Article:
Around four years ago, Mohammed*, a courageous 9-year-old Yezidi boy living in Iraq, suffered horrific burns as a result of a terrorist attack. The only relief his family could give him at that time with no access to medical treatment was to run cold water over his burns. In the midst of this upheaval, Mohammed was kidnapped and held for months by ISIS. When he was finally released, the family fled to a refugee camp and connected with Preemptive Love Coalition, who then supported the family along their journey.
From 2014, ISIS wrought devastation in Iraq, targeting Yezidi people in particular, in a campaign to establish a caliphate. Cities were demolished, innocent people were murdered, and millions were displaced. The attention of Hillsong church was on this region of the world as civil conflict raged in neighbouring Syria, displacing 6.1 million people and driving 5.5 million refugees abroad.* A humanitarian crisis of an unprecedented scale and intensity was unfolding and, as a church, we wanted to respond however we could.
In and around Aleppo, Syria and Mosul, Iraq, Hillsong Church partnered with Preemptive Love Coalition and World Vision Australia to provide emergency relief to families displaced by violence. Hot meals, monthly food packs, and access to safe water were secured for families, along with shelter and access to child-friendly spaces. These simple, practical donations allowed our partners to be able to reach those we couldn’t reach ourselves.
However, the frontlines of a humanitarian crisis of this scale are both global and local. On the other side of the world and at home, we sought to extend practical support to families whose lives had been brutally disrupted by a war they didn’t choose.
In April 2017, Mohammed’s family were granted visas to live in Australia as refugees and they arrived in August. In their bid to continue to help Mohammed’s family, who were now out of their physical reach, Preemptive Love Coalition alerted us to the arrival of the family, and of Mohammed’s medical needs, and asked Hillsong, as the local church, to help.
At our initial contact, the family didn’t know where they had landed, and the confusion around why they were here and how long they could stay was evident. They needed a community and a support network, just like they had in the initial part of their journey.
Hillsong CityCare immediately responded by contacting the local refugee settlement agency, working with a translator, and arranging appointments for Mohammed’s treatment. Volunteers from Hillsong Church and the local community provided transport for Mohammed to attend his appointments for the first in a series of five surgeries that he was required to undergo, providing physical and emotional support to a family still suffering from immense trauma and disconnection from their home and old lives. We were also able to provide the family with furniture and other much-needed items for their home and for the kids starting school.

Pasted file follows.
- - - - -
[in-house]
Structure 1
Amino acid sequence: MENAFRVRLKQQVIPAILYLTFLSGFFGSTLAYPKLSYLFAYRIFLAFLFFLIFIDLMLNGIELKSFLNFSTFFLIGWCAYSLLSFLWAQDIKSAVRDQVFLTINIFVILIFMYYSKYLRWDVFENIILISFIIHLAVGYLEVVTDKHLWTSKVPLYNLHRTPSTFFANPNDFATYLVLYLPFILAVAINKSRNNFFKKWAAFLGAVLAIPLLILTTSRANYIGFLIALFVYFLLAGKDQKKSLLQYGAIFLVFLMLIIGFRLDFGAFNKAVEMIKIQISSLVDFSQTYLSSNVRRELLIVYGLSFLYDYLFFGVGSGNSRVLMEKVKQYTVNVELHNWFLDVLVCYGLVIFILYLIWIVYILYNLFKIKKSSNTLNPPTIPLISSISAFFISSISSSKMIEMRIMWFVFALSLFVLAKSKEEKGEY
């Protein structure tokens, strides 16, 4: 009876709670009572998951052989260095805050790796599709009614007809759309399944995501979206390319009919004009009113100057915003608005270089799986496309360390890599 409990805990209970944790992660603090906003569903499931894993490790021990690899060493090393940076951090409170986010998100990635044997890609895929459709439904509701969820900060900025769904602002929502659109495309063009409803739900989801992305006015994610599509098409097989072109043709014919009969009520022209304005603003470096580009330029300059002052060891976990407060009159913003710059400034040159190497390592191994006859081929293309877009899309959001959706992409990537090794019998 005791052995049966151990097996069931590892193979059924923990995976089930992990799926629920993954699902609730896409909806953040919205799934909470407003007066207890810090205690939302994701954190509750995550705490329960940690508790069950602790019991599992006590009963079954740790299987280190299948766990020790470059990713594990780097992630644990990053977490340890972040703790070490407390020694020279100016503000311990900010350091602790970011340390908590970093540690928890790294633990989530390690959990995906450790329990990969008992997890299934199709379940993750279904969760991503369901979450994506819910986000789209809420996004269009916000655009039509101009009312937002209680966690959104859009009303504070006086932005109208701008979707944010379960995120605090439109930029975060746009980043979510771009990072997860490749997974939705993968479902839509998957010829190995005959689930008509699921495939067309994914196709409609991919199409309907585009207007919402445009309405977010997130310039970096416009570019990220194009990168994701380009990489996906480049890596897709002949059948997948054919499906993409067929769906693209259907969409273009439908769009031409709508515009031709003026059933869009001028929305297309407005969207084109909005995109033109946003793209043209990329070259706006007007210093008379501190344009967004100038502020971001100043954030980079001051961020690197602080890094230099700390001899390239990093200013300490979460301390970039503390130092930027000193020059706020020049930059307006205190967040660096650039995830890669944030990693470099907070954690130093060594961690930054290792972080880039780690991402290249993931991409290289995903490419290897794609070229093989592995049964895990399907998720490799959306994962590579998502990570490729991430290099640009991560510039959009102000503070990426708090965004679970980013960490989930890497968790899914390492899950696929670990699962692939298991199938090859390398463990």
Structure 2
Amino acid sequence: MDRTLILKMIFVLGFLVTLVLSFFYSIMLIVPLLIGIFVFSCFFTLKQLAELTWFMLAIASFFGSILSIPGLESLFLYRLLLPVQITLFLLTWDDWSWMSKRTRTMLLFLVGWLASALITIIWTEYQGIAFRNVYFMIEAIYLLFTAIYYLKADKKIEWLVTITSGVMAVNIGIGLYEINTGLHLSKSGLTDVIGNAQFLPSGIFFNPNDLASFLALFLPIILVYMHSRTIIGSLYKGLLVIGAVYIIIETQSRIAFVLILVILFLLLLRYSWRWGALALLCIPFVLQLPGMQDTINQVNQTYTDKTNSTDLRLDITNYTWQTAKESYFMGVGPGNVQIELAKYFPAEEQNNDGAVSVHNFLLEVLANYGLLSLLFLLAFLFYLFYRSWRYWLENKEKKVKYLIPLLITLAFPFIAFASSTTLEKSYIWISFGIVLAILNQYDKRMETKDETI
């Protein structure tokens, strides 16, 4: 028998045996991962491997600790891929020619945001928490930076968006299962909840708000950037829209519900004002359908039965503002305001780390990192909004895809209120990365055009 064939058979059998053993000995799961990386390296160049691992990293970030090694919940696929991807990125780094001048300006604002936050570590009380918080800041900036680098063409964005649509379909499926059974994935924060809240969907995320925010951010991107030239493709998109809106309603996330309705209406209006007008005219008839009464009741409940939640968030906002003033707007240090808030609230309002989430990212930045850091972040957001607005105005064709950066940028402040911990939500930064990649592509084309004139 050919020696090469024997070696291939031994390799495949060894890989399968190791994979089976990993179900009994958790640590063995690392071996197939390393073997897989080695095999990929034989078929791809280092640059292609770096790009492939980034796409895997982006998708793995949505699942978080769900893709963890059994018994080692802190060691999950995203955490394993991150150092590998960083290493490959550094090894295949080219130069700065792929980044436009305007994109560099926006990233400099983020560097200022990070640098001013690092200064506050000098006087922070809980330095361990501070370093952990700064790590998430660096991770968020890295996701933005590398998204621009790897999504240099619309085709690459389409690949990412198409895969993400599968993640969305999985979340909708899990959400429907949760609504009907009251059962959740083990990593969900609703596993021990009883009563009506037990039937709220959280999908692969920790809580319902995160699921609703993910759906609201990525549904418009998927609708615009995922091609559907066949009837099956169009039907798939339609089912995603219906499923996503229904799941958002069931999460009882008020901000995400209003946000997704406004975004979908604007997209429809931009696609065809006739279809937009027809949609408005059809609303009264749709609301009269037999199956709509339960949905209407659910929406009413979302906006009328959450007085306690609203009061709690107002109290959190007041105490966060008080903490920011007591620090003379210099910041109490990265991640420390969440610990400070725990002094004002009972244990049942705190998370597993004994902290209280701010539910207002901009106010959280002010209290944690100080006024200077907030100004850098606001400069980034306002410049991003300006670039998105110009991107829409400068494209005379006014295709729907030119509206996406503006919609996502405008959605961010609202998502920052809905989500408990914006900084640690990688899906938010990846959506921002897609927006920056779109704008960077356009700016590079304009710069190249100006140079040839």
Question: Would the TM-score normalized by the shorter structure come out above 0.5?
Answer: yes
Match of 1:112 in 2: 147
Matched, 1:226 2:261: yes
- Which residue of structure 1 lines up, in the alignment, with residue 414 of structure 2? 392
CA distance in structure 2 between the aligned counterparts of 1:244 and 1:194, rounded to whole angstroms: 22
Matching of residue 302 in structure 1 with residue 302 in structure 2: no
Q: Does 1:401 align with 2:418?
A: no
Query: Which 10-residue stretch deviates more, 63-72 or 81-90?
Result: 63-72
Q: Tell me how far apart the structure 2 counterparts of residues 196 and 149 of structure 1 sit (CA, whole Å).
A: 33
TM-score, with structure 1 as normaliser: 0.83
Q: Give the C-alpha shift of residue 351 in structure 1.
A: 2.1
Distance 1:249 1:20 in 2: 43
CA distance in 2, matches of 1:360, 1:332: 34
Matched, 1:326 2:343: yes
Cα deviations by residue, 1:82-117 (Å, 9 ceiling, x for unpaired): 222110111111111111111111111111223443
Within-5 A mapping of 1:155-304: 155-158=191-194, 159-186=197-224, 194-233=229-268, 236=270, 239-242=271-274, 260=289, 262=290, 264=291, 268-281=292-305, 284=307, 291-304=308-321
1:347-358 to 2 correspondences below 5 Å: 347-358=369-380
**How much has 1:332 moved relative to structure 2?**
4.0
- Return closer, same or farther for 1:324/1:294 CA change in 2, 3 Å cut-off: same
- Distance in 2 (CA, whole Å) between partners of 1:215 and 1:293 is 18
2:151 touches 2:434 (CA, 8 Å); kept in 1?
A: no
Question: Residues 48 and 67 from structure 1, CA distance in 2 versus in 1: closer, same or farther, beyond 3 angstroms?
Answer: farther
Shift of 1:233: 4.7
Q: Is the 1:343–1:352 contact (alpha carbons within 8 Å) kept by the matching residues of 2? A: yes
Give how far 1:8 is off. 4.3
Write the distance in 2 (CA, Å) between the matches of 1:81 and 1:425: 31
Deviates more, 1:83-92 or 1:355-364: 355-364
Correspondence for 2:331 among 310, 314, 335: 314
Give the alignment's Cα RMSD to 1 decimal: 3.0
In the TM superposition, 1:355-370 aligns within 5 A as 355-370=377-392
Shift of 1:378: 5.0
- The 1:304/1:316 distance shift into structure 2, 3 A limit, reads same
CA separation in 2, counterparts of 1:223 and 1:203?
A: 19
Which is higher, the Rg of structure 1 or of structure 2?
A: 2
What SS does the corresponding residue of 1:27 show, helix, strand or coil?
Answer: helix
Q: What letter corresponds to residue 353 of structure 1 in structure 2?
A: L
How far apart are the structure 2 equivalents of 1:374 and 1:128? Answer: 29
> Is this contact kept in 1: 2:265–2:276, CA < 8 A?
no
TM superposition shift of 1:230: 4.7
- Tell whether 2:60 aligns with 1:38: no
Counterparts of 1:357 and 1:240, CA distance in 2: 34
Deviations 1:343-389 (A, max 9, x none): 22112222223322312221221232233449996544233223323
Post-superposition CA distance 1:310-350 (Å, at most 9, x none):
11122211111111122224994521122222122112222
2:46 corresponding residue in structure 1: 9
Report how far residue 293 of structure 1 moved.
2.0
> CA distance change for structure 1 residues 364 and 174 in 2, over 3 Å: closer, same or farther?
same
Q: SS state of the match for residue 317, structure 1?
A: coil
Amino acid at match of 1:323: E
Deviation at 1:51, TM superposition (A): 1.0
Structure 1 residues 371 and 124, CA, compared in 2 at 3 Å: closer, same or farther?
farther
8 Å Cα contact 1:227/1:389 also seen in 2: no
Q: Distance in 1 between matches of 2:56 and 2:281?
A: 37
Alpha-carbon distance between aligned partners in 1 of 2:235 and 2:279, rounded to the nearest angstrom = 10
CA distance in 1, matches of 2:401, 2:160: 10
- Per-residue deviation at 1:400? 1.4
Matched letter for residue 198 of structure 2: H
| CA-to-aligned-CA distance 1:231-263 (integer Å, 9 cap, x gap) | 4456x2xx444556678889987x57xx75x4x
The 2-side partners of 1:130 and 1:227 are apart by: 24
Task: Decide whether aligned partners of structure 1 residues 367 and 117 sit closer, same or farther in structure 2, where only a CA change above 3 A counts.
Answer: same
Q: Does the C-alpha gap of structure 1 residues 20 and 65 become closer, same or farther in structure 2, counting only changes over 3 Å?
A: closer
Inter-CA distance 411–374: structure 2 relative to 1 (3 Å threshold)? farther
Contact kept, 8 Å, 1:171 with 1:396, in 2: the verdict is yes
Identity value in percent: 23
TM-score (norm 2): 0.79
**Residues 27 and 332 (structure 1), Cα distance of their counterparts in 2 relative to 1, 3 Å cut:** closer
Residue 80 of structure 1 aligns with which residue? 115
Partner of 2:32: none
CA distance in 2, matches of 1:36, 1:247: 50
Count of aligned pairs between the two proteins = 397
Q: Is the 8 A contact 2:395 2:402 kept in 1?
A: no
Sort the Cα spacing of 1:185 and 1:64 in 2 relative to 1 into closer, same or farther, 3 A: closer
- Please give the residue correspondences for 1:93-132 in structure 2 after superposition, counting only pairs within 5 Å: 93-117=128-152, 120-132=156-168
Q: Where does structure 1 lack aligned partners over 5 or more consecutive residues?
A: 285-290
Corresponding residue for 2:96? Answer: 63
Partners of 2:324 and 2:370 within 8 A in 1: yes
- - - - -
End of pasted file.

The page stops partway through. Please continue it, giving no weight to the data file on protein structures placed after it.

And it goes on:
Mohammed will turn 13 in March and the surgeries have been successful to date. His parents are studying English at TAFE, with volunteers from church providing extra tuition at home, and his dad is soon to get his provisional driver’s licence. However, significant challenges remain for the family, not least recovery from trauma, settling into a new environment, language barriers, health issues, and fear for their loved ones back home in Iraq.
The challenges of the global refugee crisis become localised when a family, fleeing war, has to make a new home in a vastly different country where they cannot speak the language or understand the systems that we take for granted. The isolation often faced by these families means the local church is perfectly placed to be part of the answer by providing a supportive network, in partnership with other local services and organisations.
Whether in Iraq, or Syria, or our own nations welcoming refugees and migrants, we are able to stand alongside families like Mohammed’s, acknowledging their value, resilience and capacity, and partnering with them in friendship to see them empowered to reach their potential.
As a Sisterhood, we desire to be the change for vulnerable Children. Sisters. Nations. Visit www.coloursisterhood.com and follow @coloursisterhood on Instagram to learn more and join the growing movement of everyday women, using what’s in their hand to #bethechange and make a difference.
Reflect. Respond. Rally. #iamsisterhood
* Name changed for protection.
*IRIN Association (2018). Ten humanitarian crises to look out for in 2018. Webpage: http://www.irinnews.org/feature/2018/01/01/ten-humanitarian-crises-look-out-2018 Accessed: January 2018